The Unapologetic Mathematician

Mathematics for the interested outsider

Bases and Subbases

We’ve defined topologies by convergence of nets, by neighborhood systems, and by closure operators. In each case, we saw some additional hypothesis — sometimes more and sometimes less explicitly — to restrict which data actually corresponded to a topological space. That is, many neighborhood systems give rise to the same topology, which in turn induces only one of those neighborhood systems. Now let’s turn back to our original definition of topology and see how we can weaken it in a similar way.

Remember that we defined the closure of a set A in a topological space (X,\tau) as the smallest closed set containing A. To get at it, we took the intersection of all the closed sets containing A. And we knew that at least one such closed set existed because the whole space X was closed. We’re going to do the exact same thing to come up with topologies.

So let’s take a collection \sigma\subseteq P(X) of subsets of X. We want the smallest collection \tau\subseteq\sigma of subsets of X that contains \sigma so that \tau is a topology. To get at it, we consider all the topologies on X that contain \sigma, and then take their intersection. As we saw back when we first defined topologies, this intersection will again be a topology, and it will be contained in any topology containing \sigma. And we know that we have at least one topology containing \sigma because the discrete topology has all of P(X) as its open sets.

Let’s see how we can build up the topology \tau from \sigma more directly. What is it that prevents \sigma from being a topology itself? Well, it might not be closed under taking arbitrary unions and finite intersections. So let’s start with \sigma and throw in all the unions of finite intersections of elements of \sigma. We’ll use the convention that the union of no subsets of X is the empty set \varnothing, while the intersection of no subsets of X is the entire set X. This means we at least have \varnothing and X as unions of finite intersections.

Now let’s consider the intersection of two such sets. That is, if we start with \bigcup\limits_{a\in\mathcal{A}}\bigcap\limits_{i\in\mathcal{I}_a}U_{a,i} and \bigcup\limits_{b\in\mathcal{B}}\bigcap\limits_{i\in\mathcal{I}_b}U_{b,i}, then we get the intersection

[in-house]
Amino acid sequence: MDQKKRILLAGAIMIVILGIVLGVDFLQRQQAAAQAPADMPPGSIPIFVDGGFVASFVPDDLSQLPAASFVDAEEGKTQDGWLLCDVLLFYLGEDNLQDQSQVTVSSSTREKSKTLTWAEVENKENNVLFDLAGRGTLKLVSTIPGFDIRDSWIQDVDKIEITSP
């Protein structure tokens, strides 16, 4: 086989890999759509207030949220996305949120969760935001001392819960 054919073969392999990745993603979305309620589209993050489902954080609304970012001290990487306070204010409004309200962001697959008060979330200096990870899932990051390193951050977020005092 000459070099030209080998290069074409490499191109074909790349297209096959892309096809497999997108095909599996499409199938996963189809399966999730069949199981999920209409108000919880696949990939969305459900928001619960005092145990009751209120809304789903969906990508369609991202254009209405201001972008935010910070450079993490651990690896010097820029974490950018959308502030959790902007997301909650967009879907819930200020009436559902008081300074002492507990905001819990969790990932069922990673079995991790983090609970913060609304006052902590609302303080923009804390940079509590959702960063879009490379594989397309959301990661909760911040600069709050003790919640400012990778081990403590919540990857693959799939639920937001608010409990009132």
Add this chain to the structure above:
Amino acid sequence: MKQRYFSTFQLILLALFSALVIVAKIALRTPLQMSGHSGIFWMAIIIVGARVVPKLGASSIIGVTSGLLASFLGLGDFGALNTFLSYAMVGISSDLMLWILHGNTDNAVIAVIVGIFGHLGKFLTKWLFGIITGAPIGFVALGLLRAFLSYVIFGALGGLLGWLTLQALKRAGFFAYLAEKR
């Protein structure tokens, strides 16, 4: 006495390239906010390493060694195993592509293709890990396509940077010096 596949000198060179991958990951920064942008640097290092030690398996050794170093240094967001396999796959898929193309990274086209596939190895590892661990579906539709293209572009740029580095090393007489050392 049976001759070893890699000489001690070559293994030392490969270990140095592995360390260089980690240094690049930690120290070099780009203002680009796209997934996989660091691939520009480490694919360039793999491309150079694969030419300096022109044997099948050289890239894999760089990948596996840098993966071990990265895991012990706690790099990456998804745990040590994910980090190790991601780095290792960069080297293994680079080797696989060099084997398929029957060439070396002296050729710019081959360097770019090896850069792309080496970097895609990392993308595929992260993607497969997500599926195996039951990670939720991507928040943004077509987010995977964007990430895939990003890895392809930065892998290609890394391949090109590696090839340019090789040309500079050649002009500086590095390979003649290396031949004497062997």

\left(\bigcup\limits_{a\in A}\bigcap\limits_{i\in\mathcal{I}_a}U_{a,i}\right)\cap\left(\bigcup\limits_{b\in B}\bigcap\limits_{i\in\mathcal{I}_b}U_{b,i}\right)=\bigcup\limits_{a\in A}\bigcup\limits_{b\in B}\left(\bigcap\limits_{i\in\mathcal{I}_a}U_{a,i}\cap\bigcap\limits_{i\in\mathcal{I}_b}U_{b,i}\right)

which is again a union of finite intersections. Similarly, if we take an arbitrary union of these unions of finite intersections, we get another union of finite intersections. And any topology containing the sets in \sigma must contain these sets. So this is exactly the topology generated by \sigma. In this case, we call \sigma a subbase for the topology it generates.

“Subbase”? What happened to “base”? Well, a base for a topology is sort of halfway in between a subbase and a topology. First of all, we require that the elements of \sigma cover X. That is, every point in X shows up in at least one of the sets in \sigma. We also require that if S_1 and S_2 are in \sigma and x\in S_1\cap S_2 then there is some S_3 in \sigma with x\in S_3\subseteq S_1\cap S_2. Thus we can write the intersection of any two elements of \sigma as a union of other elements of \sigma. The covering property says that we can write the empty intersection as a union as well. And so we don’t need to take any intersections at all — only unions. That is, a base \beta for a topology \tau on a set X is a collection of subsets of X so that every subset in \tau is a union of subsets in \beta. In particular, if we start with any collection of sets \sigma and throw in all the finite intersections of subsets in \sigma we get a base for the topology generated by \sigma.

Probably the nicest thing about defining a topology with a subbase is that the subbase is all we need to check continuity. More explicitly: let \sigma\subseteq P(Y) be a subbase generating a topology \tau_Y on a set Y, and let (X,\tau_X) be any topological space. Then we have defined a function f:X\rightarrow Y to be continuous if f^{-1}(U)\in\tau_X for each U\in\tau_Y. What I’m asserting here is that we can weaken this to say that U\in\sigma implies f^{-1}(U)\in\tau_X. For then any set in \tau_Y is the union of finite intersections of sets in \sigma, and the preimage of such a set is then the union of the finite intersections of the preimages of the sets in \sigma. So if these are all open, so will be the preimage of every set in \tau_Y.

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November 22, 2007 - Posted by | Point-Set Topology, Topology

3 Comments »

  1. [...] define the topology on a metric space by using balls of radius around each point to provide a subbase for the topology. On the other hand, when we have a product space we use preimages of open sets [...]

    Pingback by The Topology of Higher-Dimensional Real Spaces « The Unapologetic Mathematician | September 15, 2009 | Reply

  2. [...] isn’t just a set, though; it’s a topological space. We define the topology by giving a base of open sets. That is, we’ll give a collection of sets — closed under intersections [...]

    Pingback by Stone’s Representation Theorem I « The Unapologetic Mathematician | August 18, 2010 | Reply

  3. [...] is new is that the image of — the identified base for the topology on — consists of all the subsets of which are clopen — both open and [...]

    Pingback by Stone’s Representation Theorem II « The Unapologetic Mathematician | August 19, 2010 | Reply


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